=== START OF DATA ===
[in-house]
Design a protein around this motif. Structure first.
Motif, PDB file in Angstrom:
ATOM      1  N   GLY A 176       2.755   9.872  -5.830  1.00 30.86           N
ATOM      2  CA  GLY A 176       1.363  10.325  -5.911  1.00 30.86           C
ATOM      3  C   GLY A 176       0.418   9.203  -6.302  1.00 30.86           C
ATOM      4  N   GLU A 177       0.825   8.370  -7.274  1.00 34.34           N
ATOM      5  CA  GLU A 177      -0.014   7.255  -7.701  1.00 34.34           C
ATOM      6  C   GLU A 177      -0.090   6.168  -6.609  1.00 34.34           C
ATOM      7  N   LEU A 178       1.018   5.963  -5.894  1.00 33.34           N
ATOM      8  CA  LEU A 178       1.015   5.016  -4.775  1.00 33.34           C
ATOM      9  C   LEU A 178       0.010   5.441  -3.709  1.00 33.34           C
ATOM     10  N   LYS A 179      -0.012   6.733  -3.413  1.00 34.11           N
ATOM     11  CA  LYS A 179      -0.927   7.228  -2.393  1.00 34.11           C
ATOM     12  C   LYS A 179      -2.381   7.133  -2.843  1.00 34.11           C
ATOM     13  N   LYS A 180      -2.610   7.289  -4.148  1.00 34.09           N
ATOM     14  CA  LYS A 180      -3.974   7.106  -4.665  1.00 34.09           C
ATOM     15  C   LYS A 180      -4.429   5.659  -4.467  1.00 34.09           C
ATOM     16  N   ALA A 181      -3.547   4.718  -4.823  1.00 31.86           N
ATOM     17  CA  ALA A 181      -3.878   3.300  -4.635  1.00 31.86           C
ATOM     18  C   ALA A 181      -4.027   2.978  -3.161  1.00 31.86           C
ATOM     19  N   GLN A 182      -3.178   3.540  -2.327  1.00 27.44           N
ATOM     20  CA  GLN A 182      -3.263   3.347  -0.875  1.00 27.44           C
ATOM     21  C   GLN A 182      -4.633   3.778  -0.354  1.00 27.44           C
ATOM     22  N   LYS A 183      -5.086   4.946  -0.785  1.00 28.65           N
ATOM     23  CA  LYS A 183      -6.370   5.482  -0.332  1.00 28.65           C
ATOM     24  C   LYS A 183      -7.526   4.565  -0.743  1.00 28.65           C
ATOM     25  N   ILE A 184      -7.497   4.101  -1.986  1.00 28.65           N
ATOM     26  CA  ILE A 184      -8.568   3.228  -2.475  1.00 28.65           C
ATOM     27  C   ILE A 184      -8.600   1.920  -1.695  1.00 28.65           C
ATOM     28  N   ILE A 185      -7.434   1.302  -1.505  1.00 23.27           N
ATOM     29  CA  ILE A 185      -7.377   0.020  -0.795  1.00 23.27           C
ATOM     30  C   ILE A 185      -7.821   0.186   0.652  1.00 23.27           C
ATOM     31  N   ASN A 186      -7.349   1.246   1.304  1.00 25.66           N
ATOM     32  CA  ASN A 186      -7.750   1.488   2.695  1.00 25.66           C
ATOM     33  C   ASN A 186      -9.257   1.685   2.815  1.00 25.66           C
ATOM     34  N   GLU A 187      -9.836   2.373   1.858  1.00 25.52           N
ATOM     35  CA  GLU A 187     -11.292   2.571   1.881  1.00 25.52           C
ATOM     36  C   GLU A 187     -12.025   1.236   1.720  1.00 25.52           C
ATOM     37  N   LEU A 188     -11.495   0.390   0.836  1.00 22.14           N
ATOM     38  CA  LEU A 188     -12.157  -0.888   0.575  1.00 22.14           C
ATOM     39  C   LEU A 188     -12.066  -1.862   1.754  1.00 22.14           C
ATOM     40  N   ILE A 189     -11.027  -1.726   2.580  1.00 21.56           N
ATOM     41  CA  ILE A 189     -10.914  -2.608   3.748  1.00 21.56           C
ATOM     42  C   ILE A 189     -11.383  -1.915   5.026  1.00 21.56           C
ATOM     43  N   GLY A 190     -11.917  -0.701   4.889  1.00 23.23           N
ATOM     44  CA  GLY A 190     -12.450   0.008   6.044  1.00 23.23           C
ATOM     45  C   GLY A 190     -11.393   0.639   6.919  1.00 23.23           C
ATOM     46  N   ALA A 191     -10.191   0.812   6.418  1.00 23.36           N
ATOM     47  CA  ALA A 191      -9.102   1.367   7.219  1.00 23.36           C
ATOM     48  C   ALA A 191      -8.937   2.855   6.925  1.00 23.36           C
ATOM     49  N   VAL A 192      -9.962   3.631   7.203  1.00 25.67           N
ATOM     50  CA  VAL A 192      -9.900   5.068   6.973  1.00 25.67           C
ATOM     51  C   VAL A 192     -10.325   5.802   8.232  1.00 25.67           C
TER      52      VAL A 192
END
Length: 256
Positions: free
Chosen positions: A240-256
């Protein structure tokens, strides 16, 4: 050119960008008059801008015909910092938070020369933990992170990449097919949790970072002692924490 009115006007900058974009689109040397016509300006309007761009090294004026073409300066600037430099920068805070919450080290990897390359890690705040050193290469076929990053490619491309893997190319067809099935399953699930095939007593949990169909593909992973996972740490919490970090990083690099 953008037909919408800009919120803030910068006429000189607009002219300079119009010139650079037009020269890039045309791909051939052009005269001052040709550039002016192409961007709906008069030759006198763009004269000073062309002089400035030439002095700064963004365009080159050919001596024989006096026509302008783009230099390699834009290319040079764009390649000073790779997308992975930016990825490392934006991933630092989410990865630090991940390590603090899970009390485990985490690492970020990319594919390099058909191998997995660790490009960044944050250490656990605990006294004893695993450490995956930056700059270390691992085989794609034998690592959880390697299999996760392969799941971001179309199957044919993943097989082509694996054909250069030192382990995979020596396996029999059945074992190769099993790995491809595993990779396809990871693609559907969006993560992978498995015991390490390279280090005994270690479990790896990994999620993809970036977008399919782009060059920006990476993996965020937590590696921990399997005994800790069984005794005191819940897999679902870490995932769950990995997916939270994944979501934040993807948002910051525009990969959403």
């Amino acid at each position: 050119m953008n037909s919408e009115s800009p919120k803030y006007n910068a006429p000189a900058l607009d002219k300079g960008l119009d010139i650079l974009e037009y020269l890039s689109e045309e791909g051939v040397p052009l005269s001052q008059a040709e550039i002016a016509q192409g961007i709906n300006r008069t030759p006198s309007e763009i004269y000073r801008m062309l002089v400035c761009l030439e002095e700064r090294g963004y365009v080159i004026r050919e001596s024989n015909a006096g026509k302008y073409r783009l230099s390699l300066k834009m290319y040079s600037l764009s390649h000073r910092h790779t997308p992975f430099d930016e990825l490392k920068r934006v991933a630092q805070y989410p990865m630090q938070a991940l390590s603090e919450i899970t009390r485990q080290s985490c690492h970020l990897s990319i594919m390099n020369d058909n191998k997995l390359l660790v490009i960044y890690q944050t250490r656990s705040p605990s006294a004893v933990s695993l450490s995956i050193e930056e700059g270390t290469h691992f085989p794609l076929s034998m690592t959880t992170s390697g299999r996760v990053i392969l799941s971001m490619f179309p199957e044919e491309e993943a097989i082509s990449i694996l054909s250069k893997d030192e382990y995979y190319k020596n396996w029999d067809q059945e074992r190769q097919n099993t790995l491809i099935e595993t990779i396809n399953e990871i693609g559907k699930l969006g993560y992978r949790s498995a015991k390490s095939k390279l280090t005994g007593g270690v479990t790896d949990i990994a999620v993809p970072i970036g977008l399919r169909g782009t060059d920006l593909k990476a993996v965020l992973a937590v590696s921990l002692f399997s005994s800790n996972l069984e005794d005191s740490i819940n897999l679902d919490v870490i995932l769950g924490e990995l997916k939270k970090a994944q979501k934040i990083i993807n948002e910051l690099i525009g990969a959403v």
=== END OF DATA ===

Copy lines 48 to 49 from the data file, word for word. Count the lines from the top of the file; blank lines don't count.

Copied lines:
ATOM     45  C   GLY A 190     -11.393   0.639   6.919  1.00 23.23           C
ATOM     46  N   ALA A 191     -10.191   0.812   6.418  1.00 23.36           N